More than 200 teachers and principals received erroneous scores from New York State on a contentious measurement that ties their performance to how well their students do on tests, according to state documents obtained by The New York Times.The error, which affected a small percentage of scores for the 2014-15 academic year, could be another blow to the practice of linking educator performance to student exams, a system that has come under fire in recent years.A letter sent to district superintendents on Friday said that certain test results had been excluded from state-provided growth scores — which track student performance on state exams — for less than 1 percent of the more than 40,000 educators who received such feedback.
These are the erroneous scores they're admitting to - you can be sure there are others.
And of course it's not the fault of the incompetents at NYSED or the incompetent governor:
The state Education Department attributed the error to a contractor, American Institutes for Research, a behavioral and social science research group based in Washington, and said the blunder affected principals and certain teachers whose growth scores included schoolwide measurements of student performance. (Teachers whose scores incorporated only their own students’ tests were not affected.) The letter said the problems occurred “almost exclusively” in grades nine through 12.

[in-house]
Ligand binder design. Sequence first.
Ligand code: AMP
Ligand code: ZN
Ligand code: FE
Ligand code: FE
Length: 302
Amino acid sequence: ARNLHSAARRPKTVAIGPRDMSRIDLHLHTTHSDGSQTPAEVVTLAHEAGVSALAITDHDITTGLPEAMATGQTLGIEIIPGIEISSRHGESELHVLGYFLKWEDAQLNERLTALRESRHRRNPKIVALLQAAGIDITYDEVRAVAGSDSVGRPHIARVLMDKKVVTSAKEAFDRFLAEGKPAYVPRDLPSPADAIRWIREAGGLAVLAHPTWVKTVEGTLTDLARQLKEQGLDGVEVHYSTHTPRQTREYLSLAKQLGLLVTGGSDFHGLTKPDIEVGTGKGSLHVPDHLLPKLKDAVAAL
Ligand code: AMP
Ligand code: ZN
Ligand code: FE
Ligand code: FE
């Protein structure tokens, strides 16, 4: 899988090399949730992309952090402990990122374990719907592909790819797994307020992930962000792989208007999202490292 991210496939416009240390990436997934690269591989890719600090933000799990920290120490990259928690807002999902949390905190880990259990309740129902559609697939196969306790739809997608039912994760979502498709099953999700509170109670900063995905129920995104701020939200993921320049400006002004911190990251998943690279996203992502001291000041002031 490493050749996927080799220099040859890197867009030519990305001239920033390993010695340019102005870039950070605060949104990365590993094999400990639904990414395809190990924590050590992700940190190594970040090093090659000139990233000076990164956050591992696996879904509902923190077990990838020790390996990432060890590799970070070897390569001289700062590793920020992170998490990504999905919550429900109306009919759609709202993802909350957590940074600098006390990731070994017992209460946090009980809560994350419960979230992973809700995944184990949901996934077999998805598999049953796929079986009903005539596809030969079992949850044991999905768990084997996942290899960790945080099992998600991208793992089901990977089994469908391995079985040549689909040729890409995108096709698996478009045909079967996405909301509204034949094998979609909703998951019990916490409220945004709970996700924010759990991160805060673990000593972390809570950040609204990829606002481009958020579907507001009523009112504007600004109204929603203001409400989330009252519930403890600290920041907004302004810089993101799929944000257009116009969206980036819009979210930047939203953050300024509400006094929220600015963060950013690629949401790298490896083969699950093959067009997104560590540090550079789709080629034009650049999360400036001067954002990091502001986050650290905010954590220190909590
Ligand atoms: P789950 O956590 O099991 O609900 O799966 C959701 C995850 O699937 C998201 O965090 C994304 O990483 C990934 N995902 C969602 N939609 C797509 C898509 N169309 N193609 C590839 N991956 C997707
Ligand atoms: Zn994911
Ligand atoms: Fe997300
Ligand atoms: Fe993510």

The end result is this:
Scores for the more than 40,000 educators would be recalculated at the contractor’s expense; the higher score would be the one that counts.
The system is so complex, so inexplicable, that when a teacher sued over her test score component, NYSED twice refused to show cause for her ineffective rating on the component (here and here.)
NYSED is owning up to the erroneous scores, but you can bet if there were an independent accounting of the evaluations from an entity outside of the state without something riding on the outcome (i.e., some ed reform-linked group or some entity on the state payroll), they'd find more.
And yet, we STILL have this system in place, with teachers having 50% of their ratings linked to so-called student performance as measured by state tests and/or local tests - despite the claims that there is a "moratorium" on using test scores in the evaluations.
The system is rotten to the core, yet it seems as if it will live forever.